A new technique has disclosed orangutans are dependant on their mothers’ milk longer than any other primates, and likely any mammal, sometimes not being weaned until eight or nine. The method used to demonstrate this could tell us a lot about how our ancestors raised their young.
Few animals render new offspring before weaning siblings, so persons under the age of weaning is an important indicator of reproduction rate. For elusive species such as orangutans, it is not so simple to find out when weaning occurs in the wild, however. A newspaper in Science Advances notes Nursing behavior is notoriously difficult to study in arboreal primates, especially when offspring suckle inconspicuously in nests.
First author Dr Tanya Smith of Griffith University previously demonstrated milk consumption leaves a residue in teeth, distinguishing milk contribution to diet as the teeth were formed. In the new newspaper, she applies this technique to teeth held in museums from the working day when orangutans were still shot for collections.
In addition to showing these orangutans were still drinking their mother’s milk until the age of eight for a Bornean orangutan, and virtually nine for one from Sumatra, Smith’s work revealed seasonal cycles in food intake.
The orangutans fed on milk almost exclusively for the first year of life. After this their food consumption differed, living on fruit when it was abundant but surviving on their mother’s milk when times were tough. The authors suggest this is because infant orangutans absence the fat stores that allow adults to survive periods of scarcity, so they access these indirectly, through the mother. Nevertheless, increases in milk consumption were associated with periods of weight loss.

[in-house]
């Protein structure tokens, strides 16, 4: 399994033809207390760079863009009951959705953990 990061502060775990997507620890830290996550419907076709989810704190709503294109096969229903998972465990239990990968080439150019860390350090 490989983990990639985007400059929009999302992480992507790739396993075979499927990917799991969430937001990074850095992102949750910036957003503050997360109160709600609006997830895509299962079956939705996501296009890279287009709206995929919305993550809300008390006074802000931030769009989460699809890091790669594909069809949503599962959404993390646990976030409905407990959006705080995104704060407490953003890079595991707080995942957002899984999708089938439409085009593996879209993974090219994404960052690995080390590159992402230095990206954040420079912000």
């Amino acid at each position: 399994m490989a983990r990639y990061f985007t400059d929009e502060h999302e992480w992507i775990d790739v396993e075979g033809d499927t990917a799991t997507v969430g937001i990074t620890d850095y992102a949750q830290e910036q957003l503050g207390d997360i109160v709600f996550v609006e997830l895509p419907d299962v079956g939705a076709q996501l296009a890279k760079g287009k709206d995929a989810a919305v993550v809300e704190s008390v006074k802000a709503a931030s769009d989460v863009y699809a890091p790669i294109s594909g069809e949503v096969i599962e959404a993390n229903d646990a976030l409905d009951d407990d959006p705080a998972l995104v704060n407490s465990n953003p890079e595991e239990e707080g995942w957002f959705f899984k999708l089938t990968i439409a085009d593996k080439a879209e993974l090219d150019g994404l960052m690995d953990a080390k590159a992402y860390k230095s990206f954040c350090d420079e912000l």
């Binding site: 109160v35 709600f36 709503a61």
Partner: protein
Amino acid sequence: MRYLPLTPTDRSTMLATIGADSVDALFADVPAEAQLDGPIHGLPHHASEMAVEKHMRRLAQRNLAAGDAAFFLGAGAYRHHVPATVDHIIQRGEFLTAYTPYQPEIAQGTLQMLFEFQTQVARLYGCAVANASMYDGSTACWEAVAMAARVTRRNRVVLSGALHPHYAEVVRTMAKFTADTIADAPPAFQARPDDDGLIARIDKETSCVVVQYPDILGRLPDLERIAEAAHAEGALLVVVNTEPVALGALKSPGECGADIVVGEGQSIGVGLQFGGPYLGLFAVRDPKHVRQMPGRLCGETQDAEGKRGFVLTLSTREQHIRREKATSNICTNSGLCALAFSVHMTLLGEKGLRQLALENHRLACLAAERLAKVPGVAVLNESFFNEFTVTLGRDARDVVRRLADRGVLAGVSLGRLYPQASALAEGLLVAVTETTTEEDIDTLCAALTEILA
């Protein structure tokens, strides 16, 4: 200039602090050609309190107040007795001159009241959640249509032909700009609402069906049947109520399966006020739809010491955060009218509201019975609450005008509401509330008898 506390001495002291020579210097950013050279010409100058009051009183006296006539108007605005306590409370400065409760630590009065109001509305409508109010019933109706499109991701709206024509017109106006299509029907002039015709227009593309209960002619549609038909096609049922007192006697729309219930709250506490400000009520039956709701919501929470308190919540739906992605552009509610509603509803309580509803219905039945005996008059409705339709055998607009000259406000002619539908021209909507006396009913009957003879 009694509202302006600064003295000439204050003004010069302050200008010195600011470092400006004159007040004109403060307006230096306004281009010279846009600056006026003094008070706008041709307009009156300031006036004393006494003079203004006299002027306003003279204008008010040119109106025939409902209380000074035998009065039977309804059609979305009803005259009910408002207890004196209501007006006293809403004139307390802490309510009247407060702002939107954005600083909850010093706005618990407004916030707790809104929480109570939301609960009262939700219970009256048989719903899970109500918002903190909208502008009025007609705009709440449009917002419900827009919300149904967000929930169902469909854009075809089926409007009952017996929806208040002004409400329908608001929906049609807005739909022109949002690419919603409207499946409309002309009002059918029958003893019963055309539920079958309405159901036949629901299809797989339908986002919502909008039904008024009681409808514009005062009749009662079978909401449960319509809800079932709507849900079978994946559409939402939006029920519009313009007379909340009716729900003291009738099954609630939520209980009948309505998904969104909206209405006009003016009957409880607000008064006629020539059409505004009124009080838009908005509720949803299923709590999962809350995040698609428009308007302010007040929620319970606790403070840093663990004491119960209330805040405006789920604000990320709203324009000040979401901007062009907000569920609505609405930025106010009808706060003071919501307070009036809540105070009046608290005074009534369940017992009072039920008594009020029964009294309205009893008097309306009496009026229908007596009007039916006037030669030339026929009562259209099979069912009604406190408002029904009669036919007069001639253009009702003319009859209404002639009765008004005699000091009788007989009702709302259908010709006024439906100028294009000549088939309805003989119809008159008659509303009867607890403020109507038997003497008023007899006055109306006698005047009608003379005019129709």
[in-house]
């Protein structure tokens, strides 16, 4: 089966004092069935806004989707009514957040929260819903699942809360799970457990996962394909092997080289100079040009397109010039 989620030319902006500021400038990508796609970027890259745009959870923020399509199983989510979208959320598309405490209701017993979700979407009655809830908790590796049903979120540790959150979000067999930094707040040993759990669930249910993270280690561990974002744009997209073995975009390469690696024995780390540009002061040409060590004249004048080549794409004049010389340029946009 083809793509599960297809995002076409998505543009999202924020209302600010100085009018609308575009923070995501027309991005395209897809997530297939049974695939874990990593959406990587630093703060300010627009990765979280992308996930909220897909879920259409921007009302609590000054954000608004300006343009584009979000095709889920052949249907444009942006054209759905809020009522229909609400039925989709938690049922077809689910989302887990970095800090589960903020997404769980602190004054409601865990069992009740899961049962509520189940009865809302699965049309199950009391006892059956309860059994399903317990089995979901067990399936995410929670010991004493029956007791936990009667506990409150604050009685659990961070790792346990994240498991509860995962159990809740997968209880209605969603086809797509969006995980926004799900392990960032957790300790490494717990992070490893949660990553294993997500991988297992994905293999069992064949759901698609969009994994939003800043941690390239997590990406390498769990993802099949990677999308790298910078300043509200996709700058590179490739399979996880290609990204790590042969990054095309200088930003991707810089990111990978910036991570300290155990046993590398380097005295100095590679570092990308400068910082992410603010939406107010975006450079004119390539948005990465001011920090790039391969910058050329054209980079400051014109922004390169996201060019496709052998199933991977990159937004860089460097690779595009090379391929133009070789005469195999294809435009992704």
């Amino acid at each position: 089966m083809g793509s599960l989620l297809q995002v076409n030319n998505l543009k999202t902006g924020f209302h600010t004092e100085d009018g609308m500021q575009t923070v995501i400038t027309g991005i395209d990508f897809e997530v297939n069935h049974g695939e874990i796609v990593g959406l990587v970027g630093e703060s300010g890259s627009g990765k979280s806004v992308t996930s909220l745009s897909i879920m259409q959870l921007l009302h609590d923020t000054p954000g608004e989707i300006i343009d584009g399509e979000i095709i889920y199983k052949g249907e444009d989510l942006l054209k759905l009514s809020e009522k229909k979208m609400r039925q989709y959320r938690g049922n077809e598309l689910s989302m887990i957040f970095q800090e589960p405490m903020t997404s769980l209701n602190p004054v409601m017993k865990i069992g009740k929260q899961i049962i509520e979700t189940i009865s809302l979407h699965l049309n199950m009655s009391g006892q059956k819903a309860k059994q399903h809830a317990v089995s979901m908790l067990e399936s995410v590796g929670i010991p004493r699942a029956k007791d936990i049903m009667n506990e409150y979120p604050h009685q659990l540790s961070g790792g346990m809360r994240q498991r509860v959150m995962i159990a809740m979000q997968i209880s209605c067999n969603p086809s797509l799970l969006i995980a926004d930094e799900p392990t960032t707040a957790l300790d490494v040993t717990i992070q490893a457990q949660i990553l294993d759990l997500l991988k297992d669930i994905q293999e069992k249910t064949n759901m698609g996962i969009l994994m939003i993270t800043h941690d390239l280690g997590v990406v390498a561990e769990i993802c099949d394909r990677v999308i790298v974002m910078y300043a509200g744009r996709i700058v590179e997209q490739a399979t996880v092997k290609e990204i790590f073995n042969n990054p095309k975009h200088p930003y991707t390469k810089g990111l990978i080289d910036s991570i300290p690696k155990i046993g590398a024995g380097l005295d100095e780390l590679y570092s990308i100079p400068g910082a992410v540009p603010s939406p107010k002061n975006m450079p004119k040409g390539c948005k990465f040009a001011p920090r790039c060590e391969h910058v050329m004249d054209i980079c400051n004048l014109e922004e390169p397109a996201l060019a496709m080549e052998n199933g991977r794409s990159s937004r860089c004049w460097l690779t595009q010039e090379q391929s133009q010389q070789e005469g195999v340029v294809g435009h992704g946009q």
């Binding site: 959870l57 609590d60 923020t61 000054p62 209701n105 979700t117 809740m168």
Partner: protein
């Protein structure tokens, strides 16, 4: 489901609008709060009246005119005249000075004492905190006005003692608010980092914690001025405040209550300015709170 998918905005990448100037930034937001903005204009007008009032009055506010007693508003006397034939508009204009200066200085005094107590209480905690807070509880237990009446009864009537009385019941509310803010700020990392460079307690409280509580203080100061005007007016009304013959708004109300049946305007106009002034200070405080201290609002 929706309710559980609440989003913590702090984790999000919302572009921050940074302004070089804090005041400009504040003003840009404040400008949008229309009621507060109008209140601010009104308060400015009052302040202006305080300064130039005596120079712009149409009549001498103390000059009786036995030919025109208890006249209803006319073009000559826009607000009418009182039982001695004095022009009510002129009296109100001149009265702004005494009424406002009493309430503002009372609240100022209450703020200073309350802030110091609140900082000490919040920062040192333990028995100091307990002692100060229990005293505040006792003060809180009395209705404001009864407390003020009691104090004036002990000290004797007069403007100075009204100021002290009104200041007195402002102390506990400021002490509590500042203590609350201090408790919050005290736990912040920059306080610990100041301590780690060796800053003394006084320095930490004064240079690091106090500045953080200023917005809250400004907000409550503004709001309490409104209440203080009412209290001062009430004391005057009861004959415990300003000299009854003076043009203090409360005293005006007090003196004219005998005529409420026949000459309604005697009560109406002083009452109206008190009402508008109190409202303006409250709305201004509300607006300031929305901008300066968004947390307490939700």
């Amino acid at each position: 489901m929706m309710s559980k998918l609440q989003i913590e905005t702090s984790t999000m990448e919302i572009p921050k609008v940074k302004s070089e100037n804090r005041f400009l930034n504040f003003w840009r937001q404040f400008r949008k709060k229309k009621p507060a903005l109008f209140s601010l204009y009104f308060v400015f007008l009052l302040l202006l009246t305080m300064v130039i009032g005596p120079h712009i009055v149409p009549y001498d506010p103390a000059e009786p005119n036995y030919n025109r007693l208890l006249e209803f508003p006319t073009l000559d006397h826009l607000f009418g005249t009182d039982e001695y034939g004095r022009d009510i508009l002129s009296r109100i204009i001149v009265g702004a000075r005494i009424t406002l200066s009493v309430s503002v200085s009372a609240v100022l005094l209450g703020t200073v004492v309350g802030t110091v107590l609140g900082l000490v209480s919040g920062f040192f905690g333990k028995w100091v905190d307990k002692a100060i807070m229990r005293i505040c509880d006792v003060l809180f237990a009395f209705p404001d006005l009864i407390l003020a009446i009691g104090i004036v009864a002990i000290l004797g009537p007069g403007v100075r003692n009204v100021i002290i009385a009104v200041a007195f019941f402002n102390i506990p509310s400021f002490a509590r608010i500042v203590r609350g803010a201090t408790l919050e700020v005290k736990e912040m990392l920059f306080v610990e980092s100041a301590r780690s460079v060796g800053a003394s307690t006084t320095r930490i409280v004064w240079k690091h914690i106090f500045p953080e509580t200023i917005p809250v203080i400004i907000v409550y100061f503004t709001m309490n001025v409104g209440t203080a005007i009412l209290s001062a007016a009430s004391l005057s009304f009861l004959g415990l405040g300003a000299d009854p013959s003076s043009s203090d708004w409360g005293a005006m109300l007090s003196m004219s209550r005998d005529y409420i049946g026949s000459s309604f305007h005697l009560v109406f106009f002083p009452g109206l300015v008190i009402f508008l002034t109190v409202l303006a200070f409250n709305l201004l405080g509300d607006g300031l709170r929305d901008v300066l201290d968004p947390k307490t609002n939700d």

Smith’s work relies on barium levels. Barium shares transport pathways in the body with calcium( and lead, but hopefully there’s not too much of that ). Consequently, when nursing moms draw on calcium in their bones to feed their young, the milk also concentrates barium, leaving a lasting legacy in the young ones’ mouths.
Smith told IFLScience her technique is harder to apply for species whose teeth develop more rapidly, but for primates, and particularly apes, it should be widely applicable. Although teeth from early human fossils are hard to access for destructive testing, her run potentially provides an opportunity to trace the history of breastfeeding through human evolution. She’s also keen to study ancestral orangutans from the working day when they wandered through much of Asia, to see if other surroundings provided more reliable food supplies.
Smith said her work could also help assess when orphaned orangutans are ready to be released into the wild. Primarily, however, she Hopes it highlights how vulnerable they are … since they can’t replace themselves fast.